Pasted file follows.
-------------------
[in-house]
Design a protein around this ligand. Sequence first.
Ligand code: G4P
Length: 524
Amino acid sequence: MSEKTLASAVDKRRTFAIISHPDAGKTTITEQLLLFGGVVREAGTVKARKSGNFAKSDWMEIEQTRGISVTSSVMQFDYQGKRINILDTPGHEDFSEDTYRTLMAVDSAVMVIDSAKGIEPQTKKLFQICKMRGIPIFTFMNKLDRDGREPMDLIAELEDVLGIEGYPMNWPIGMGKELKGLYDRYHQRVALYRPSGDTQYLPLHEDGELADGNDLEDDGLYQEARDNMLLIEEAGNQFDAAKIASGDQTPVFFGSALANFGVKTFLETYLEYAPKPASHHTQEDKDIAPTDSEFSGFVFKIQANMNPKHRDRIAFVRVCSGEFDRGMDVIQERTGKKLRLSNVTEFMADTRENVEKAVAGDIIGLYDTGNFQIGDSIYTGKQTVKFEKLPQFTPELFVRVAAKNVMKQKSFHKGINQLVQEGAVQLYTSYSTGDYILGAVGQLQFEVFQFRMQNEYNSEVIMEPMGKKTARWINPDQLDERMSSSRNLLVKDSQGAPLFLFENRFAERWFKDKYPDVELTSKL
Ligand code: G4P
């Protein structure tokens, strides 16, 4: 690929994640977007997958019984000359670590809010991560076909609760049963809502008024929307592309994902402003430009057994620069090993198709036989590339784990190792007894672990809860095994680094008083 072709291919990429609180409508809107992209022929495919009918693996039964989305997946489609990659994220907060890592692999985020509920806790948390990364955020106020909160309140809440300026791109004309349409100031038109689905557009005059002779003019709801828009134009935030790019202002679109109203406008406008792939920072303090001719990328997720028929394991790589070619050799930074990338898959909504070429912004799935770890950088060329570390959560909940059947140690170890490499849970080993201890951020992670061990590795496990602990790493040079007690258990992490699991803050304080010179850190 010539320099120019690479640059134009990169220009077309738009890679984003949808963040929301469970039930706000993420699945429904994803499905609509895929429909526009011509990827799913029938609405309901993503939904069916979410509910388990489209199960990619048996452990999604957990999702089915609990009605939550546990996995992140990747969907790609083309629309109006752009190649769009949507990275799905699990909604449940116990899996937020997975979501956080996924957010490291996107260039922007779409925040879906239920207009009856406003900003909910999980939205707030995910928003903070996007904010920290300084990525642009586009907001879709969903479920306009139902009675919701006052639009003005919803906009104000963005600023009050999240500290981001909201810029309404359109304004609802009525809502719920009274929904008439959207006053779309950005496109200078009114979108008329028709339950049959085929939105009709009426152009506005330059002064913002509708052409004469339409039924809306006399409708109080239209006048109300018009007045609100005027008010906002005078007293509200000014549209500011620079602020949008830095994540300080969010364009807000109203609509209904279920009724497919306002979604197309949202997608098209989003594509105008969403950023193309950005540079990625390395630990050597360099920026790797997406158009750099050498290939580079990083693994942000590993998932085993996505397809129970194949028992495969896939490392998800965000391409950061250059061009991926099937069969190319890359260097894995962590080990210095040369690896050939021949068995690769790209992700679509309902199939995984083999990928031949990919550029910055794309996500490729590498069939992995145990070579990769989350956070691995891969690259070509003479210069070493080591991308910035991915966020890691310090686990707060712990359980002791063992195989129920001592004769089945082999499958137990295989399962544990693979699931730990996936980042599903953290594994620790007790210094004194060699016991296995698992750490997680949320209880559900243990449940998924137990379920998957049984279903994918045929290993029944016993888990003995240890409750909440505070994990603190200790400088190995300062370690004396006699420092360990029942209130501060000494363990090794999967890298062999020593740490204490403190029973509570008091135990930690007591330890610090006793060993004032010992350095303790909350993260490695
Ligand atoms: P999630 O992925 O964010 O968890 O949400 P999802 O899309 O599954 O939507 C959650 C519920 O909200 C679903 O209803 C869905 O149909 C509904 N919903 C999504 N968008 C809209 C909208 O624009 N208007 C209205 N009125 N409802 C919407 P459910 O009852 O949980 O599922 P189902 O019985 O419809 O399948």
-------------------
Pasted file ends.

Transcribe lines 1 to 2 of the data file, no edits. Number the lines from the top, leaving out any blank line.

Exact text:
[in-house]
Design a protein around this ligand. Sequence first.